The “astonishing achievement” of a record-breaking transatlantic flight is being celebrated, 100 years on.
The R34 airship made the first ever return flight across the Atlantic in 1919, with its crew hailed as heroes.
On its return to the UK, the airship was unexpectedly redirected to Pulham in Norfolk, landing on 13 July.
Centenary organiser Sheila Moss King said Pulham had its place in aviation history, making it “1919’s Cape Canaveral” – the US rocket launch site.
“There was a sea of people to welcome them – Pulham airfield had 3,000 servicemen and women and 2,000 civilians and it took 500 people to land a big airship,” added Mrs Moss King, who can see her house in Pathe footage of the landing.
“A band struck up See the Conquering Hero Comes and got an absolute drenching when the water used as ballast was released.
“It was in the news, it was on the radio – people all around the world would have heard of Pulham.”
The crew’s 75-hour flight to the UK was a little less eventful than the 108-hour outbound journey from East Lothian to Long Island.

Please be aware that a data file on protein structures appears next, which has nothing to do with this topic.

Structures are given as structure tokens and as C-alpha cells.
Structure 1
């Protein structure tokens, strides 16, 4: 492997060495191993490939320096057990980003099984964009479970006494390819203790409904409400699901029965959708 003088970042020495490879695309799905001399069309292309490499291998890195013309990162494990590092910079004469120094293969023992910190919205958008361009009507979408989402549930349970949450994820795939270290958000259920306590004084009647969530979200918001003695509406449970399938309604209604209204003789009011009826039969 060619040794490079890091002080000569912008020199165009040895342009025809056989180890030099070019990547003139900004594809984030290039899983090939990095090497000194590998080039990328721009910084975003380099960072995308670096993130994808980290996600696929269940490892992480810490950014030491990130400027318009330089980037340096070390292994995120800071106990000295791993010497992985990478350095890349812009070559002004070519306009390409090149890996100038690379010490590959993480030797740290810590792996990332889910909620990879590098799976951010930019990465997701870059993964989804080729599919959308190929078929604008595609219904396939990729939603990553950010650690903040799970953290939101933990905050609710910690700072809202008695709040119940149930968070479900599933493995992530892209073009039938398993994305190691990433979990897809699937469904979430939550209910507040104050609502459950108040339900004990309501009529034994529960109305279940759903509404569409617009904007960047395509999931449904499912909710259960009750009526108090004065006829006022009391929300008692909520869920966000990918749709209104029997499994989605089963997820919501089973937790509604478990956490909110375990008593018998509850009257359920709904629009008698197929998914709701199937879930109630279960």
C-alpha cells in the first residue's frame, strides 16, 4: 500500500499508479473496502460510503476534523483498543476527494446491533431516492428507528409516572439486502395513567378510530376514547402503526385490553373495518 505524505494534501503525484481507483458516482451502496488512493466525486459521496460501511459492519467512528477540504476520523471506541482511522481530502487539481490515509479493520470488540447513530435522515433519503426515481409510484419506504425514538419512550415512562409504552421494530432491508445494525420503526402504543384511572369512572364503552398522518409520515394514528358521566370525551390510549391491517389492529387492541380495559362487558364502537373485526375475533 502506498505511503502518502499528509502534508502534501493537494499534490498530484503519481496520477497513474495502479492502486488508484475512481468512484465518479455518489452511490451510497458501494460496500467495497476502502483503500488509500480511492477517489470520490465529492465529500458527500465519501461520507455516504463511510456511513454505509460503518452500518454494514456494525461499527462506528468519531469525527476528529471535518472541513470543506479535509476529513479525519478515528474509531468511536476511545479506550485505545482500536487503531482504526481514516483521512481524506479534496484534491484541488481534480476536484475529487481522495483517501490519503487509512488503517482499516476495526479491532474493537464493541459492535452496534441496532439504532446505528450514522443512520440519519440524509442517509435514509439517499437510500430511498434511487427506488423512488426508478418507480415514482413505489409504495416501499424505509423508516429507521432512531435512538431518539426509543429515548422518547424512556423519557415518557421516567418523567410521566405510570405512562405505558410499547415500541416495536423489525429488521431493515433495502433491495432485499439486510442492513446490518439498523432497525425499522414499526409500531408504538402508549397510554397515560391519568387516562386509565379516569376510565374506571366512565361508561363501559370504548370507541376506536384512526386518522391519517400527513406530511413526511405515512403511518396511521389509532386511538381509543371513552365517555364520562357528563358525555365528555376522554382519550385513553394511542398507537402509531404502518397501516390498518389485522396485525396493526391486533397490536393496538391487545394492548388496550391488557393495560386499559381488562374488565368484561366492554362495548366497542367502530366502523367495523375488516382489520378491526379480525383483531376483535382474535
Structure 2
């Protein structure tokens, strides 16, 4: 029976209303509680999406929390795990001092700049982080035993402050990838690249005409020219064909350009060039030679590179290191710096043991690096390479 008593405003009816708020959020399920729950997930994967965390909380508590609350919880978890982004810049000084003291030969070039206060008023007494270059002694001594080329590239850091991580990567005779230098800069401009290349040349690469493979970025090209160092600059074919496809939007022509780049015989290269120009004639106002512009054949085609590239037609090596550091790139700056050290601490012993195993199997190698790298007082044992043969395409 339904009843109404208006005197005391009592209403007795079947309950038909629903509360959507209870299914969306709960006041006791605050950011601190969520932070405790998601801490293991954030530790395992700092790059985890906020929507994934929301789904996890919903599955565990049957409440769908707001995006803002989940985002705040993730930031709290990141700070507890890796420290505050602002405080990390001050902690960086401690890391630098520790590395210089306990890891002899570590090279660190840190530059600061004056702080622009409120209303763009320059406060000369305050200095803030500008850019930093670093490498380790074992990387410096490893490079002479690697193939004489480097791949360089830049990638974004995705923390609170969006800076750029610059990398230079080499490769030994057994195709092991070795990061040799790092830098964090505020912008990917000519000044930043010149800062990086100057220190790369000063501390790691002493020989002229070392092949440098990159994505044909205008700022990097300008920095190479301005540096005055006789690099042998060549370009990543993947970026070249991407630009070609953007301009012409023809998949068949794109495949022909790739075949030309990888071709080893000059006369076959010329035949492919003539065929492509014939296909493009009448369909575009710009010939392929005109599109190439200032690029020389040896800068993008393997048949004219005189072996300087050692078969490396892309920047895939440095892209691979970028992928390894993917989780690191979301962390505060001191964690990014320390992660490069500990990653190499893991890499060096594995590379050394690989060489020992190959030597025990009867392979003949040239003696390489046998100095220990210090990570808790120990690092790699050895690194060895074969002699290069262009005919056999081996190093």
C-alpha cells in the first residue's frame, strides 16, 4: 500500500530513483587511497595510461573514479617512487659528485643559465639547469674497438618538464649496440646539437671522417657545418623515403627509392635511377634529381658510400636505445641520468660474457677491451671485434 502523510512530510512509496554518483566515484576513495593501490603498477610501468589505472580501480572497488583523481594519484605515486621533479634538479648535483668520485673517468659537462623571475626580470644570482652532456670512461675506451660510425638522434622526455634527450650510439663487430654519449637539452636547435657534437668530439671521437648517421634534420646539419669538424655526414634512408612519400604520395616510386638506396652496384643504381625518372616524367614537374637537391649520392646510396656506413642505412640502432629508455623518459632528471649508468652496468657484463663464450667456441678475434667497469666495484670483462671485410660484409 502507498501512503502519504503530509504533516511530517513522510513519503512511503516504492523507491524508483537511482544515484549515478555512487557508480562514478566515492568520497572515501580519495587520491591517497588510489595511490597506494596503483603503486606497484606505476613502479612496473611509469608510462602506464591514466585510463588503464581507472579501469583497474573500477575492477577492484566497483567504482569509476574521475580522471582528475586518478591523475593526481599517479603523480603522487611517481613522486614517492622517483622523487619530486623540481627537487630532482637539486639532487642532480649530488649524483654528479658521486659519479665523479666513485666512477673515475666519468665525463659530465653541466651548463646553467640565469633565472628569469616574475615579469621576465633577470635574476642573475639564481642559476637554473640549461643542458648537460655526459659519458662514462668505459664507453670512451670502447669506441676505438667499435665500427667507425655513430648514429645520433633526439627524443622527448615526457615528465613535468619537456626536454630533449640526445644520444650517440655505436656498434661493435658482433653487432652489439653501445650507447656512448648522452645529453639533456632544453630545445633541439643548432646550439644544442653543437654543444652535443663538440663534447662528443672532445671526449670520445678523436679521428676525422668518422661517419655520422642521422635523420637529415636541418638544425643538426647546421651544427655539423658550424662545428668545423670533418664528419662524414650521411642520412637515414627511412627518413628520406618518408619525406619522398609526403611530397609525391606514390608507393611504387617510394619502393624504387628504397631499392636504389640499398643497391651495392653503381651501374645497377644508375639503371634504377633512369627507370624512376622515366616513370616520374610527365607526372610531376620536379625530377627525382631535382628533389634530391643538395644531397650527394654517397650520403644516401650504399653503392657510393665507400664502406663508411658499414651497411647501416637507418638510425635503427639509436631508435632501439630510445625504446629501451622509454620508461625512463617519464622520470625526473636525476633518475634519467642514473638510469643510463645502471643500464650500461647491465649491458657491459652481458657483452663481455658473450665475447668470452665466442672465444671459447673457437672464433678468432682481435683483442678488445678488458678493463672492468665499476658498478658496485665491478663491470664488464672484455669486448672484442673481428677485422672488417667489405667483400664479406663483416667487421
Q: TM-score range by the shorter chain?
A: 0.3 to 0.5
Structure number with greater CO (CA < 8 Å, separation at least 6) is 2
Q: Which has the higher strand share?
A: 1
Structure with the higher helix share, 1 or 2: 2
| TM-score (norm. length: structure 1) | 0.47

“They weren’t sure if they were on the right course and they flew through the most terrible storms with the airship tipping up and down,” said Mrs Moss King.
“They found a stowaway on board – the log said they found him ‘somewhat wet and breathless’.
“He didn’t make the final crew and he knew a boxing match would be happening in New York, so you can imagine he didn’t want to miss that or this incredible flight.”
In New York, they were showered with gifts – including a case of prohibited rum and a gramophone by Thomas Edison – and were greeted by President Woodrow Wilson.
An offer of $1,000 dollars for the airship’s cat Wopsie was turned down.
After a couple of days partying in New York, the R34 and its crew were set to return to Scotland, with the change of course to Pulham unexplained in the airship’s log.
Descendents of the crew and airfield workers are gathering at the village’s Pennoyer Centre over the weekend.
It is exhibiting its archive and an outline of the 634ft (193m) aircraft, which was just under 92ft (28m) high, has been outlined in a field.
In nearby Diss, the museum has R34 memorabilia, activities around the town and a special church service at St Mary’s on Sunday.